Canary testing is a powerful way of testing new features and new functionality in production with minimal impact to users. People often use the terms canary testing, canary release, and canary deployment interchangeably. In this article, canary release or canary deployment refer to a software release that’s being used for canary testing. Canary testing, then, is the act of using canary releases (also called canary deployments) to test out new features or new software versions with real users in a live production environment.
Why do we call it canary testing?
We can thank coal mining for the term canary testing. Up until the 1980s, coal miners would take a canary along with them in the mine to indicate the presence of odorless but toxic gases. If the canary died, the miners knew the lethal gas was building up to dangerous levels and it was time to evacuate.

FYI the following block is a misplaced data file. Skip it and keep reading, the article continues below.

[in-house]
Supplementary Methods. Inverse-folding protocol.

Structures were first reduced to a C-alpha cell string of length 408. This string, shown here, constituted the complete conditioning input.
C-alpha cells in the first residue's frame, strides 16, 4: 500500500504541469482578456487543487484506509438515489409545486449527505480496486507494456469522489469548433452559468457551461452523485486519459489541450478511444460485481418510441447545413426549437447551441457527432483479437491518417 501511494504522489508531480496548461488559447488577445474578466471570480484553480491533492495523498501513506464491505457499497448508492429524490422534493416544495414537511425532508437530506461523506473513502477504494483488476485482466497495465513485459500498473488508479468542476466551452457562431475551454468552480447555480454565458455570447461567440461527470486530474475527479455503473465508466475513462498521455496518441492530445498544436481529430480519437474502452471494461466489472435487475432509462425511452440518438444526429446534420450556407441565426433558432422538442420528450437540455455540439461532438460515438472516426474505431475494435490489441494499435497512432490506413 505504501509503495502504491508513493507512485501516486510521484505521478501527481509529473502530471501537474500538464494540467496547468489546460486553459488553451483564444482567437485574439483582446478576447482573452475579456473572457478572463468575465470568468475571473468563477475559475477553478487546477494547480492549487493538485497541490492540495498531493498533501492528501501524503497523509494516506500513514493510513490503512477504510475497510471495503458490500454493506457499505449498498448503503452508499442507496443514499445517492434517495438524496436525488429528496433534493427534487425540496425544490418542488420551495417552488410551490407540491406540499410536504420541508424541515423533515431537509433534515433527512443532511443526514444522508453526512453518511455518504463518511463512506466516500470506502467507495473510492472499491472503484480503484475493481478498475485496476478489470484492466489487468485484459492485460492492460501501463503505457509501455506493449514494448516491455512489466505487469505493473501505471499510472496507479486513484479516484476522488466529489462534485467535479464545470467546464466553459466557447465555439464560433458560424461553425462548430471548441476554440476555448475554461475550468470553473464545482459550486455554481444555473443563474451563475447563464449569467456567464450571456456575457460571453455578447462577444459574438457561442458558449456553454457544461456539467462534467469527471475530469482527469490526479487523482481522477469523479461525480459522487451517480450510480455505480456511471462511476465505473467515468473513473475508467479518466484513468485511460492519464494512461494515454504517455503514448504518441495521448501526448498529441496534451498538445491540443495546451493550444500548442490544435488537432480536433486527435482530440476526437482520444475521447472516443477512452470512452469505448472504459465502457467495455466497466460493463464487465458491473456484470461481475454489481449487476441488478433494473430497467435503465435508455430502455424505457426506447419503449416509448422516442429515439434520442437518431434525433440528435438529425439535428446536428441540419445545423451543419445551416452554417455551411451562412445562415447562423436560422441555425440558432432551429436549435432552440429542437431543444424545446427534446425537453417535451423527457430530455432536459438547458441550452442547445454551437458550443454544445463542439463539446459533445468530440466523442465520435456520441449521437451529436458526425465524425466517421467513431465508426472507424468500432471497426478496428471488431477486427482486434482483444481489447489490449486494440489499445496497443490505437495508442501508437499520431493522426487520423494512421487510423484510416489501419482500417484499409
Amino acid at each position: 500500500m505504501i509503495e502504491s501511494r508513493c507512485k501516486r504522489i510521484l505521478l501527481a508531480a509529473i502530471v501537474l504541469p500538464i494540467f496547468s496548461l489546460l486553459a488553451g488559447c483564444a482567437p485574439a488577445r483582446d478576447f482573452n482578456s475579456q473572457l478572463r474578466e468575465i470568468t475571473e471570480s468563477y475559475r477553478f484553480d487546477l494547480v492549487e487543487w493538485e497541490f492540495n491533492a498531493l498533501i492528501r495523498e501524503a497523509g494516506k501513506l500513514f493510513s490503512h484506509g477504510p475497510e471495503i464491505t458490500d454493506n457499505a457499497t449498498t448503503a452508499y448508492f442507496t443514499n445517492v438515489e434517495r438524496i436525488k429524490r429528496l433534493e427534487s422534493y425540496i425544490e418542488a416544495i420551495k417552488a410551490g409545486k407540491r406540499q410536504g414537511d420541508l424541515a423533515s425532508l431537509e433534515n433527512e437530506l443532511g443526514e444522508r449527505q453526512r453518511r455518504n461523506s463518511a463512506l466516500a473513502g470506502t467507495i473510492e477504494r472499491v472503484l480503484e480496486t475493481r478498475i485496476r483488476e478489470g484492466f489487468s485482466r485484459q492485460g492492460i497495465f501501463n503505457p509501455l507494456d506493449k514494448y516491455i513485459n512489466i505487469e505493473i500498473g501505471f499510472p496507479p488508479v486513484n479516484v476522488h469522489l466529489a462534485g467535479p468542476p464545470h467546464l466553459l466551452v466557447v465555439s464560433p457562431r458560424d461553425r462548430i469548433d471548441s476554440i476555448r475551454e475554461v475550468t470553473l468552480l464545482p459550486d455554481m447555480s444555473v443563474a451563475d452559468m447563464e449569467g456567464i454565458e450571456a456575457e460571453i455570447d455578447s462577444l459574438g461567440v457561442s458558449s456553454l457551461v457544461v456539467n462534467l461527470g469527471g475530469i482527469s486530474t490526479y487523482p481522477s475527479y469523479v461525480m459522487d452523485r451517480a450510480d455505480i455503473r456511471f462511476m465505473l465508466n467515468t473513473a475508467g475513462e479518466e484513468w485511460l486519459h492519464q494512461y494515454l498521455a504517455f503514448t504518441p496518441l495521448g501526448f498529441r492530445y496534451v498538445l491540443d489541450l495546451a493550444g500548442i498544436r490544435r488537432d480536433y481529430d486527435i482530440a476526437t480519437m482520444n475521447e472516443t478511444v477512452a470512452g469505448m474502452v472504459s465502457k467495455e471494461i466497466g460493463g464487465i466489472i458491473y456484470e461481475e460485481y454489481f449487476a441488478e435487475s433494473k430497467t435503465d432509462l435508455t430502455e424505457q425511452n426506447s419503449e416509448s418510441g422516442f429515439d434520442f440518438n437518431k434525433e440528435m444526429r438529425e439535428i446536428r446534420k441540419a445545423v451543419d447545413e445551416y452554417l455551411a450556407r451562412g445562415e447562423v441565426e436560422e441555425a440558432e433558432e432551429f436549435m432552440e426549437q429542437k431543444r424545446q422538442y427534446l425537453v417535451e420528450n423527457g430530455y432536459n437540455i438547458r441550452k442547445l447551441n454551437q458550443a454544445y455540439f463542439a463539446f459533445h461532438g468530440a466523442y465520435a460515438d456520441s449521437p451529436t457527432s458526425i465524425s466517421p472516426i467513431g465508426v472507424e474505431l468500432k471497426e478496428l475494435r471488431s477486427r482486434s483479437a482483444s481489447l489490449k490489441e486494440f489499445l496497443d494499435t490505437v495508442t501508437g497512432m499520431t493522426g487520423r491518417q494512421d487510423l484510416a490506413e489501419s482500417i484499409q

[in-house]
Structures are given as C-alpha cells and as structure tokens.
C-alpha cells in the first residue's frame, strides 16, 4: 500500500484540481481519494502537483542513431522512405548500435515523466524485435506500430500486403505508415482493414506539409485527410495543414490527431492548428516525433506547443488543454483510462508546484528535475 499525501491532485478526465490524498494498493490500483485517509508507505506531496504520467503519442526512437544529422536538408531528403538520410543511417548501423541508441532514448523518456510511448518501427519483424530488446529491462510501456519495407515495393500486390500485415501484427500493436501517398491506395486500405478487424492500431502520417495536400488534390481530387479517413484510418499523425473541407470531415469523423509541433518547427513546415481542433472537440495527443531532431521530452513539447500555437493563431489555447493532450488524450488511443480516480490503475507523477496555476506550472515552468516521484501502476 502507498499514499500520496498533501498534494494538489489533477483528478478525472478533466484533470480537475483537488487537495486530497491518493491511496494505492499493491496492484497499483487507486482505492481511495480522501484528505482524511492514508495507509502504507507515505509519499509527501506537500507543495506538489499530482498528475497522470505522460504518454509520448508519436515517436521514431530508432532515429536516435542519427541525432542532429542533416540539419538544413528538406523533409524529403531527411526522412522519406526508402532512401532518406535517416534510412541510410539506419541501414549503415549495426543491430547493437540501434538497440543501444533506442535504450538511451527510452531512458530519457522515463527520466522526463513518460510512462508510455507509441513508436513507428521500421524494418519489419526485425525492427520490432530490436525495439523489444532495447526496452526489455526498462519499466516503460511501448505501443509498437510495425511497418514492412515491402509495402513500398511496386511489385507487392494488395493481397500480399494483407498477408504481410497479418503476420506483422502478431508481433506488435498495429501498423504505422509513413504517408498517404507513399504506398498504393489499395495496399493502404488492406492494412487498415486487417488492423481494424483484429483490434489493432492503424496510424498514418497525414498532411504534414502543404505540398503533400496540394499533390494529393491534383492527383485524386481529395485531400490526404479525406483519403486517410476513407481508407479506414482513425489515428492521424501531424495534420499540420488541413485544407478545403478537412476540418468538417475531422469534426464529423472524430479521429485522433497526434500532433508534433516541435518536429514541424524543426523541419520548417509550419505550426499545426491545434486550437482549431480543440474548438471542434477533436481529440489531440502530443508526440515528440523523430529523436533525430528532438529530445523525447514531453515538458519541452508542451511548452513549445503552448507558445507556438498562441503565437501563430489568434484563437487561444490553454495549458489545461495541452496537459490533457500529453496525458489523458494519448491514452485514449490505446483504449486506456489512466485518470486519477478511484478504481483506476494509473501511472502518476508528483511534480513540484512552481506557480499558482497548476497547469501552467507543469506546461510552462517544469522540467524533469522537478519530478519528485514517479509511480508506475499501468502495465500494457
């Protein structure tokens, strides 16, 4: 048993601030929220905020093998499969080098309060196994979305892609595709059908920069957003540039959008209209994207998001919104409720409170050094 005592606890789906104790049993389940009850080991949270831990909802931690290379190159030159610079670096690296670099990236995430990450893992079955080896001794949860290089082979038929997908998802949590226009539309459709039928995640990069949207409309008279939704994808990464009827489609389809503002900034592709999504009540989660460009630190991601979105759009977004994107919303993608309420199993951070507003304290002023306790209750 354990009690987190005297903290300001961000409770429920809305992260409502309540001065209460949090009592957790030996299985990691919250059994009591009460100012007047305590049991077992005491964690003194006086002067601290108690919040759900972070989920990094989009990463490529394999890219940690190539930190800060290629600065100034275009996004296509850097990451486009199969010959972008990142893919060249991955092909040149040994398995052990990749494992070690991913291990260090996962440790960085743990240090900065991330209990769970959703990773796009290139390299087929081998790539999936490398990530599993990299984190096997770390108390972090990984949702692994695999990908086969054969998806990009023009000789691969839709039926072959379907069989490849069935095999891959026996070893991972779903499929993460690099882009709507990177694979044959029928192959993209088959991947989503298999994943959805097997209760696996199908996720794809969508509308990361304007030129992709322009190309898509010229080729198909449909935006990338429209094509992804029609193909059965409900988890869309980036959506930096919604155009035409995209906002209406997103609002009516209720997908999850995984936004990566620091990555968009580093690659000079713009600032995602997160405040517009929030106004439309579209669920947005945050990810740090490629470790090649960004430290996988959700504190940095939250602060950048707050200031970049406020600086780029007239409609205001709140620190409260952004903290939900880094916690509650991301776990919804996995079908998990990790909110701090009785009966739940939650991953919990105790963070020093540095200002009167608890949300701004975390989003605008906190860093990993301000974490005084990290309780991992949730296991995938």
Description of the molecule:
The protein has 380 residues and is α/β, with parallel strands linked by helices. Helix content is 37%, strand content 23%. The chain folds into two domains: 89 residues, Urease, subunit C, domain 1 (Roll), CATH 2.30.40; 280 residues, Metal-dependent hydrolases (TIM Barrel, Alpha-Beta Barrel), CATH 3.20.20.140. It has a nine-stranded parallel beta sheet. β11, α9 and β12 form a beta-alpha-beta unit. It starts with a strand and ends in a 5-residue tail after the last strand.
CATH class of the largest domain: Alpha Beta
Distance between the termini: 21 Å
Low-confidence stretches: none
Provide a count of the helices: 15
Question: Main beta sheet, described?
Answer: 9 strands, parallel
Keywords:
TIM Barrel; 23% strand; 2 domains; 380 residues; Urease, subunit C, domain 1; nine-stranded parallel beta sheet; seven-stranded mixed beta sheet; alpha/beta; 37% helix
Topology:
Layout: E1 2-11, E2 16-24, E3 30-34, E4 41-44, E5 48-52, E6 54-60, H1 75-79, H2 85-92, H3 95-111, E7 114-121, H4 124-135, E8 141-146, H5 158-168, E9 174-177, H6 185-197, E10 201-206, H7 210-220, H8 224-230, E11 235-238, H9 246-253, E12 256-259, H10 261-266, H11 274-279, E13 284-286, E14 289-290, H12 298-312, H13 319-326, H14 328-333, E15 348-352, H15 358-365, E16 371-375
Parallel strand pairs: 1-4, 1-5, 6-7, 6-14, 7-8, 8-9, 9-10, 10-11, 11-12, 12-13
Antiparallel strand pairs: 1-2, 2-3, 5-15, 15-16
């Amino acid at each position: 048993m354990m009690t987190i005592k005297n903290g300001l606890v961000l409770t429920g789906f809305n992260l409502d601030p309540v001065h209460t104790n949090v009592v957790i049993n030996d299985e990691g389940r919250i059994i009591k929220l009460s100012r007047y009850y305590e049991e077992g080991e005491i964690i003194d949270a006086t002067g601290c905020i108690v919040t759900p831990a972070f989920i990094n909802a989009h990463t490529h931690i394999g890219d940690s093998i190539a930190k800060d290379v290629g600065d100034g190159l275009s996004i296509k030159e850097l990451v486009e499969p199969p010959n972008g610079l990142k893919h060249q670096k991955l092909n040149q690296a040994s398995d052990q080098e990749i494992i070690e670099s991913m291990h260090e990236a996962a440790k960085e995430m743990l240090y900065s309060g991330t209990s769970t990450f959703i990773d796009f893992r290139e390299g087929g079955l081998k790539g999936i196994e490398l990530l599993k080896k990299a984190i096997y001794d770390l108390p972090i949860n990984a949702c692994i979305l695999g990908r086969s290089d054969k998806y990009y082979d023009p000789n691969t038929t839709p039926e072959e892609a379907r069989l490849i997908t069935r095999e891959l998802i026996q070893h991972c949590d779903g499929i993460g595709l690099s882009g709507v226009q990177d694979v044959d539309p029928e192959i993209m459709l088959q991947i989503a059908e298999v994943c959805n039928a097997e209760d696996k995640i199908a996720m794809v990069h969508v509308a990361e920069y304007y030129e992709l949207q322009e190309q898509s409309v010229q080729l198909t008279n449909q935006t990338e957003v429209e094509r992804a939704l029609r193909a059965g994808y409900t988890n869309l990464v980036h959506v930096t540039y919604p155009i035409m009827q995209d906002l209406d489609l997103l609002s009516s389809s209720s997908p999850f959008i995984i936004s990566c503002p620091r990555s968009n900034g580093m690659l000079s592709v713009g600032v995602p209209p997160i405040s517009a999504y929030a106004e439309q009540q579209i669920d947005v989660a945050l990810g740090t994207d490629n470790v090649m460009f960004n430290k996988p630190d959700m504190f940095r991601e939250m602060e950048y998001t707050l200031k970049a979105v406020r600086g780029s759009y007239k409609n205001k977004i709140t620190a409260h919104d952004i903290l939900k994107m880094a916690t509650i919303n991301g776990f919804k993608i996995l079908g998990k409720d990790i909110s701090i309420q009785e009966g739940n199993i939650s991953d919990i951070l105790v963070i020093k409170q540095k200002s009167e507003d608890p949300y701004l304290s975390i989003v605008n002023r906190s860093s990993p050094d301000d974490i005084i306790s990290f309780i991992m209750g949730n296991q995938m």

Similarly, but luckily in a less lethal situation, canary releases give you an early warning of things going wrong.
Let’s talk a little more about the idea behind canary testing.
The idea behind canary testing
Hopefully, you already have a procedure for testing your software changes. You probably even have several techniques from the DevOps world such as A/B testing and blue-green deployments. Developers often employ these two techniques:
- Developers write automated tests for the changes they’re making.
- The changes are deployed to a testing environment where someone else can play around with the new features.
If all is well, the update is pushed to the production environment, and the end users can enjoy the new feature.
But software being as it is, bugs inevitably find a way to production. You’re human, after all. You can’t think about every edge case that might happen. And you work under the pressure of deadlines and budgets.
Canary testing is a technique to let those production bugs affect only a small subset of your users. Traditionally, in canary testing, you would first need two identical production environments. This doesn’t have to mean two separate servers. You could have two web applications running on the same server, for example.